Taraji P. Henson's 'What Men Want' Combines Humor With Serious Gender Issues – EXCLUSIVE
Since the first time a boy rejected your Valentine's Day card or ran away from you on the playground in elementary school, you've probably turned to big sisters, Seventeen issues, or the internet for advice on how to decipher the male species. The amount of online resources may have doubled in the last decade, but women's understanding of how men work is a hit-or-miss concept. In recent years, the discrepancy between men's behavior in both relationships and the workplace has also caused an international discussion about gender equality. The internet is a fathomless source, but if you want relatable insight into this conflict, Taraji P. Henson's What Men Want aims to make you laugh while considering how your workplace fits into the worldwide focus on gender issues.
Based on the Nancy Meyers hit What Women Want, What Men Want flips the 2000 movie's premise. Instead of a man hearing women's inner thoughts, the film features sports agent Ali (Henson) as the bearer of men's most private musings. What Men Want explores a fantastical side when Ali can read men's minds after drinking a psychic's questionable tea and hitting her head, but the intent behind the project was to capture women's uncertainty about what men are really thinking.
Henson, known for her work in big-screen dramas and TV's Empire, leads a cast that also includes Tracy Morgan, Max Greenfield, and Pete Davidson. What Men Want screenwriter Tina Gordon tackled the script's elements of magic in addition to writing and directing the upcoming, similarly-mystical Little. While Ali's insights into the male mind may resonate strongly with audiences, Gordon initially faced the challenge of understanding men's greatest concerns and wants.
"If you had to line us all up, I’m positive I’m the one who knows the least about what men think or want," Gordon tells Elite Daily. "I signed on thinking that I could just ask the men in my life... about their inner thoughts, their vulnerabilities, their hidden desires, and I got blank stares and shut down. I started to feel like, 'What is going on?' and it occurred to me [that] in my personal life, the men that I know don’t really address direct emotional questions that well."
The confident Ali grows to understand her new ability after being denied a promotion at her male-dominated agency because her boss doesn't believe she connects well with men. She then uses her gift to win over clients and take a more well-rounded approach to her budding relationship with single dad Will (Aldis Hodge). In between reading his mind to please both of them in the bedroom and discovering alarming details about her friends' husbands, Ali learns just how uneven the power balance at her job is. This balance between serious workplace conversations and lighthearted comedy was a key detail for Henson.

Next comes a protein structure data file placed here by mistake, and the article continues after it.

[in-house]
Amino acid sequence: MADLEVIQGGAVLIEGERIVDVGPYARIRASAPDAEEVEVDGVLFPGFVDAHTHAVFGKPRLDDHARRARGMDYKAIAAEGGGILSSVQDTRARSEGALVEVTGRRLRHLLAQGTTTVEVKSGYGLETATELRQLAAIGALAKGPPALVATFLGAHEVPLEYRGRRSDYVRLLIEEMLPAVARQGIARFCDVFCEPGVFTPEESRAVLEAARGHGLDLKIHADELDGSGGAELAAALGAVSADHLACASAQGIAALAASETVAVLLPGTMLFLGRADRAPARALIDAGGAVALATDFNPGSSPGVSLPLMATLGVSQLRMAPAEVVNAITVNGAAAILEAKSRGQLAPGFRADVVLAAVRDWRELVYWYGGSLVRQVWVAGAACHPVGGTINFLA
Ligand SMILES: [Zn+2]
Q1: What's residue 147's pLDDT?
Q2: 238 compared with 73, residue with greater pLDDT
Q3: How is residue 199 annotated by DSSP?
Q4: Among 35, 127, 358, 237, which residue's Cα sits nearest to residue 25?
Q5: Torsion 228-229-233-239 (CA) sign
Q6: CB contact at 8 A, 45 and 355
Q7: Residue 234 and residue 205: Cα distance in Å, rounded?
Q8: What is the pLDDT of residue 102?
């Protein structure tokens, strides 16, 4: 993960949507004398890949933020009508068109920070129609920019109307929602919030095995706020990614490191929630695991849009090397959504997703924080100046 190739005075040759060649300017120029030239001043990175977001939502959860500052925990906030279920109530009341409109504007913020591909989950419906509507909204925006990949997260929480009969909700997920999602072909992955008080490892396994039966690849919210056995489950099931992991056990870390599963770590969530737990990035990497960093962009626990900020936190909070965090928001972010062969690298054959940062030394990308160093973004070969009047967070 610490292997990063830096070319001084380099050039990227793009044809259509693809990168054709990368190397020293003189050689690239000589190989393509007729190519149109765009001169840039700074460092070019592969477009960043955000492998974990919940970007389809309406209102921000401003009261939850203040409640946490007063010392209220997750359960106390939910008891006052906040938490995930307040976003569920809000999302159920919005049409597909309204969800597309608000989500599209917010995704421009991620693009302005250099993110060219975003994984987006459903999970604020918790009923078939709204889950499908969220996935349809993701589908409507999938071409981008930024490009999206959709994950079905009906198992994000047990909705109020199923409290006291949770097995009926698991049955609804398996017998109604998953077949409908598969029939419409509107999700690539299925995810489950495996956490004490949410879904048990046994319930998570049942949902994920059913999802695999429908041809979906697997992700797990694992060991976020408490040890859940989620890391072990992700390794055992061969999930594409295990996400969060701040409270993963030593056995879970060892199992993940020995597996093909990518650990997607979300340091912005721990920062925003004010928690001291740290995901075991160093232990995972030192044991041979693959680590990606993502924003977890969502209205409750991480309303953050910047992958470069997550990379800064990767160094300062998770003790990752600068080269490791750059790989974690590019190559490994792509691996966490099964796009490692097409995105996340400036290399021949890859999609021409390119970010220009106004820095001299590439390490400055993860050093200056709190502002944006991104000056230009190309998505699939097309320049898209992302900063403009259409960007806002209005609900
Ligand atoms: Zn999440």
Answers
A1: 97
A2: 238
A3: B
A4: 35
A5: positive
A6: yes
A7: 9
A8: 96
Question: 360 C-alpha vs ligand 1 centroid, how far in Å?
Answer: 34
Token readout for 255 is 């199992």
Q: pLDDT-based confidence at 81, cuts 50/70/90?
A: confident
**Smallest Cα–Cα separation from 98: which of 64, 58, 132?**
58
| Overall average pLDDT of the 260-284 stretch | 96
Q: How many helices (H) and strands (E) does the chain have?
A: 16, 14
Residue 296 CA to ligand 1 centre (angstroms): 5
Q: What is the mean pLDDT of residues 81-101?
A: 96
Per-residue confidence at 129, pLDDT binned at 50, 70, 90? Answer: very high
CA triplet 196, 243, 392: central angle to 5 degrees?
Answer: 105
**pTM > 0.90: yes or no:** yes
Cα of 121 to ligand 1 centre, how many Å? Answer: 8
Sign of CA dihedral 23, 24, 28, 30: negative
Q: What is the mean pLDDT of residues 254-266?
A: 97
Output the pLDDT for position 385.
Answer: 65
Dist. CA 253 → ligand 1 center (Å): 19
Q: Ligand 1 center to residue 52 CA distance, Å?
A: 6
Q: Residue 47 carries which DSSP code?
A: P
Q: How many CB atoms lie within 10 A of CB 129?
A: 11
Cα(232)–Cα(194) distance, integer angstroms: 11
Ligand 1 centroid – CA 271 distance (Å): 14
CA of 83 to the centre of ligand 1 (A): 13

"Comedians like Chris Rock or Dave Chappelle, they're funny, but you will leave there talking and thinking," the actress says in a conversation with Elite Daily. "And I think that's the best form of teaching. It's through laughter, through comedy. People are laughing but they’re like, 'Oh yeah, that is an interesting point.'"
The single, childless Ali also becomes torn between presenting herself as a professional woman to her colleagues and appearing family-oriented to the father of a strong NBA draft prospect.
Gordon, also single and childless by choice, is all too familiar with this double standard for professional women. "I’ve noticed that in a lot of rooms with men... there’s this preambled business meeting where a room full of men will talk about the family and kids," she explains. "I never fit into this conversation. I’m literally just eating a doughnut, waiting for the rest of the meeting to go... It’s sort of like you’re a unicorn or something and they just can’t put their finger on what the problem is."
In reference to the split demands Ali faces, Gordon says, "That’s basically about men not feeling safe sometimes if a woman is not in that [family] category in a certain time in her life."
While Henson admits to not being "wired" to follow what people may want of her, she's clear about the message she wishes moviegoers take from Ali. "I hope that women see that you don’t need a man to validate who you are," she says. "Now is not the time to drop the torch, we've got to continue to fight so that one day our daughters and great-granddaughters — this [gender imbalance] won’t be their narrative."
As for what men want, neither woman owns up to being an expert after working on the film. Henson jokes that she'd use Ali's mind-reading to change the world because "men got the upper hand," while Gordon wants both genders to look past the norms, saying, "I just wanted to play with that expectation that you could possibly go to a man and be challenged to be more vulnerable or share. You could possibly be in a relationship with a woman and be very energized by her conquering alpha energy and admire it and not be threatened by it. That’s basically my version of presenting modern romance."
What Men Want is in theaters on Friday, Feb. 8.